Another unexpected education was in the realm of duck: Duck was everywhere. On every restaurant menu, in large dedicated sections of supermarkets, and quacking at the farm-factories nestled in-between fields - there was DUCK. The joke for the Gers is that as soon as they figure out a duck dessert, there will be nothing else eaten! We still don't know if duck is a white or dark meat, but we know it is delicious. This is also the longest-lived area of France, with a huge amount of duck and the darkness red wines. We vaguely remember being told that the oils in duck are similar to that of olive oil, which is also what they say about the high quality Iberian pigs fed exclusively on acorns (and the Spanish also are some of the longest-lived in the world). It seems the Mediterranean diet still wins for a extended life, even if you have to rely on pigs and ducks for your "olive" oil!
The region has the lowest population density in France, which with twice the land size of the UK and the same population is already not the highest. This meant even when we did go out, we often didn't encounter other cars at all. It felt both positive and strange after so long in some of the world's largest cities. The nearest town with a supermarket was 20 minutes away and for us, this was exactly what we were looking for.
With the hosts' generous community of friends, Elizabeth found a kind and generous British-Andorran couple who were happy for Elizabeth to come out riding to help exercise Vanilla the Arabian horse. The dogs were just too cute and the horses too elegant to shoehorn into this already larger-than-normal gallery so they will make up an entire album for themselves to be published in the future. ;-)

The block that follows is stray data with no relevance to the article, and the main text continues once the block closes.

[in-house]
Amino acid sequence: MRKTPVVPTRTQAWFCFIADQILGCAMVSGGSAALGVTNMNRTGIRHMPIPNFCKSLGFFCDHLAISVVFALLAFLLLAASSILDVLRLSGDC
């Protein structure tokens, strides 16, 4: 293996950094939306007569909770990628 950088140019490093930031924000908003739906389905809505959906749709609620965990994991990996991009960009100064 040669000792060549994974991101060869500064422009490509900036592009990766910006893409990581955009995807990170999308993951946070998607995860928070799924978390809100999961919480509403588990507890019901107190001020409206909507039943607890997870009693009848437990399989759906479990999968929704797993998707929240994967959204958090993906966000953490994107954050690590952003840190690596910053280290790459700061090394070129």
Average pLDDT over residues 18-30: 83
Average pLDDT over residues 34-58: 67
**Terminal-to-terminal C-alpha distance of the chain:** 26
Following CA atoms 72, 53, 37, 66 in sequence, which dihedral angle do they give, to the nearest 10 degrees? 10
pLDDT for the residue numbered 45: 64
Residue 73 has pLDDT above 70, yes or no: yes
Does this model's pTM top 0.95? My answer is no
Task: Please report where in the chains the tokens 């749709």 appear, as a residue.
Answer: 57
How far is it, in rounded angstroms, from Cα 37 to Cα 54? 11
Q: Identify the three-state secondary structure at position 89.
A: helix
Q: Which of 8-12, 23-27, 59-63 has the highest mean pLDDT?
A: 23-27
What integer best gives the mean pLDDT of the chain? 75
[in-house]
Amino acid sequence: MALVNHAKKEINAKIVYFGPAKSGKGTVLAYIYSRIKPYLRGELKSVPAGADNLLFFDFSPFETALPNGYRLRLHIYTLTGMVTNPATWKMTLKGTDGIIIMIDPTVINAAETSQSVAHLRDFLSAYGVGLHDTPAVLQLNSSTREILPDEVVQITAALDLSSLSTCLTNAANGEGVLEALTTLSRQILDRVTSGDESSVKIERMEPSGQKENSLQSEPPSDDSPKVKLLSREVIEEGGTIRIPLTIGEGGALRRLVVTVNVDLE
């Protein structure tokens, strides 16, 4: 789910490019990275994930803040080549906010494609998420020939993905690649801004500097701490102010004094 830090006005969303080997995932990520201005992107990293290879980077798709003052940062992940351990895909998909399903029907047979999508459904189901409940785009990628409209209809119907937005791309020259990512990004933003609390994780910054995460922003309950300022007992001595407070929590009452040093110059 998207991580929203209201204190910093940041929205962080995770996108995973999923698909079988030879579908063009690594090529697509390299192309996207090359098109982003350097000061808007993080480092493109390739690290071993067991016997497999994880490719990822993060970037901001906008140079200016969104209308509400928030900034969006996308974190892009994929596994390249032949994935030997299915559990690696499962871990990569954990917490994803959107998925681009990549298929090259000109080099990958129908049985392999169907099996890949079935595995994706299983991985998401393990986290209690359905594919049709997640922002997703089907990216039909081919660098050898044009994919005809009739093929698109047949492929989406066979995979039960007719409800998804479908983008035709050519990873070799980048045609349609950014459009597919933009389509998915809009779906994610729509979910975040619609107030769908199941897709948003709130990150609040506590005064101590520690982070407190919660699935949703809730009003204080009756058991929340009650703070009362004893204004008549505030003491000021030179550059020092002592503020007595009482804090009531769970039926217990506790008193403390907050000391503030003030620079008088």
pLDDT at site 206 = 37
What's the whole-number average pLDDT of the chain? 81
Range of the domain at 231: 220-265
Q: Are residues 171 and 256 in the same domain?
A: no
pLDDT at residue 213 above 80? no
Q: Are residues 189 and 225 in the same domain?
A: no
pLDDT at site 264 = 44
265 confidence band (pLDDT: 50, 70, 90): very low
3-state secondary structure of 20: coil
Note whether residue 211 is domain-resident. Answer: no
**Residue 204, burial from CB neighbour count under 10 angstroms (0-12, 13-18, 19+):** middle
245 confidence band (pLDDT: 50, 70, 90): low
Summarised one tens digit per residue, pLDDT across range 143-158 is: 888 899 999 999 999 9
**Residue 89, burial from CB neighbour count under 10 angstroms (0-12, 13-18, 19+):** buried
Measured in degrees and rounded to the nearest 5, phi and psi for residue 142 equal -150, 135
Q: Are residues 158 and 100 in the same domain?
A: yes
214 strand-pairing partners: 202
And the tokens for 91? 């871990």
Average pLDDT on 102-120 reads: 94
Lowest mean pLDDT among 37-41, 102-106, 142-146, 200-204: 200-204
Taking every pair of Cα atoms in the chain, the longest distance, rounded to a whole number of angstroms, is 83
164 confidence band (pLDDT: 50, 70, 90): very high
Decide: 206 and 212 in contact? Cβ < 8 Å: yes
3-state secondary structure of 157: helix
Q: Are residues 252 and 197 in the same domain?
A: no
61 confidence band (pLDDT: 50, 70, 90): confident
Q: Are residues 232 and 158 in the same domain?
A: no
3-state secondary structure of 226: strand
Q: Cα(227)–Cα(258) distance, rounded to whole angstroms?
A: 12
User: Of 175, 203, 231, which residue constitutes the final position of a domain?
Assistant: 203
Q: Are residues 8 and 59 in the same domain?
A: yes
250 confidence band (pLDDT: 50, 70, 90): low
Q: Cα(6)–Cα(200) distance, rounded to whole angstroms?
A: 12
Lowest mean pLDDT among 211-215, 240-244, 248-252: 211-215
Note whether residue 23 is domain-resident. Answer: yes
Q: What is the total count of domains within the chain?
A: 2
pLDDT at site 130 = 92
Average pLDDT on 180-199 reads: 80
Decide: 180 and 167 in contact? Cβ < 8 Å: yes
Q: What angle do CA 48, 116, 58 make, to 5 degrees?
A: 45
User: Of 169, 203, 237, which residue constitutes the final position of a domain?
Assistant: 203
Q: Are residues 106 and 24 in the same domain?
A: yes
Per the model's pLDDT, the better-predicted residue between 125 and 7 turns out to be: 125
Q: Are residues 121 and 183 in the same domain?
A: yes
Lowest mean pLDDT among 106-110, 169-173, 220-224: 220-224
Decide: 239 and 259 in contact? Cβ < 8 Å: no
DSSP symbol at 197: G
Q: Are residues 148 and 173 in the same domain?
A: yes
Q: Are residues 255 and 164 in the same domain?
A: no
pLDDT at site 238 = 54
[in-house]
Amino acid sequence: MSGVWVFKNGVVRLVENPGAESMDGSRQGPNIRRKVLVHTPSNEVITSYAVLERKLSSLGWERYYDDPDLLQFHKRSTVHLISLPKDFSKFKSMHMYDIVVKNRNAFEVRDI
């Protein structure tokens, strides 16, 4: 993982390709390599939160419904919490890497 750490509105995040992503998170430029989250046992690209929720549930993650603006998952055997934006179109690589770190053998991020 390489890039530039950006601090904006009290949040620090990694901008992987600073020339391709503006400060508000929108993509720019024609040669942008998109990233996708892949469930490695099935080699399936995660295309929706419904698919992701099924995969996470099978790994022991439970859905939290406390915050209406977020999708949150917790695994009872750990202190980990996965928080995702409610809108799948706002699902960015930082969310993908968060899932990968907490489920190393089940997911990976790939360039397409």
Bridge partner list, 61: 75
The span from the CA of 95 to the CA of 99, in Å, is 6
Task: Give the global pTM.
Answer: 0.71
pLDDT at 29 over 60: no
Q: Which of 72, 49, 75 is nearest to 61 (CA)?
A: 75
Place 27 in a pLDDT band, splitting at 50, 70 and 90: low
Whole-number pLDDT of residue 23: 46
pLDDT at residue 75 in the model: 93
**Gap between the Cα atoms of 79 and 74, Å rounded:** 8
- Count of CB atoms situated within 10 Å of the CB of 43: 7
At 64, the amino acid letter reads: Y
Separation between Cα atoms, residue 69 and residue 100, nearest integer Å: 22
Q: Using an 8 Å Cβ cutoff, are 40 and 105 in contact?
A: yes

It was as it sounds....idyllic. Beautiful sunrises and sunsets, blue skies reflected in the blue lake, and it turns out, kilos and kilos of weight lost with all that hill walking and restaurants so far away! And perhaps eating all that duck?
So please enjoy this collection by clicking on the image above or: https://500px.com/p/vientiene/galleries/occitanie-france-2019
Once on the first image, we recommend tapping the Full Screen icon top right.
P.S. Interested in seeing other galleries? https://www.travellingfortea.com/photography
Our IG travel photography feed: http://instagram.com/radiant_travel
Our US loose leaf tea shop: http://MatchaAlternatives.com
Our adventures in tea and travel: https://instagram.com/travellingfortea/
For any photography enthusiasts or professionals reading: I use a Panasonic G95 (micro four-thirds), a 20mm f1.7 pancake, 42.5mm f1.7 portrait lens. In terms of zooms I have a 12-60mm f3.5-5.6 standard zoom and a 45-200mm f4-5.6 telescopic. (For all these figures double the focal length of a MFT lens to get a full frame field of view equivalent.)
The best camera is the one you have with you!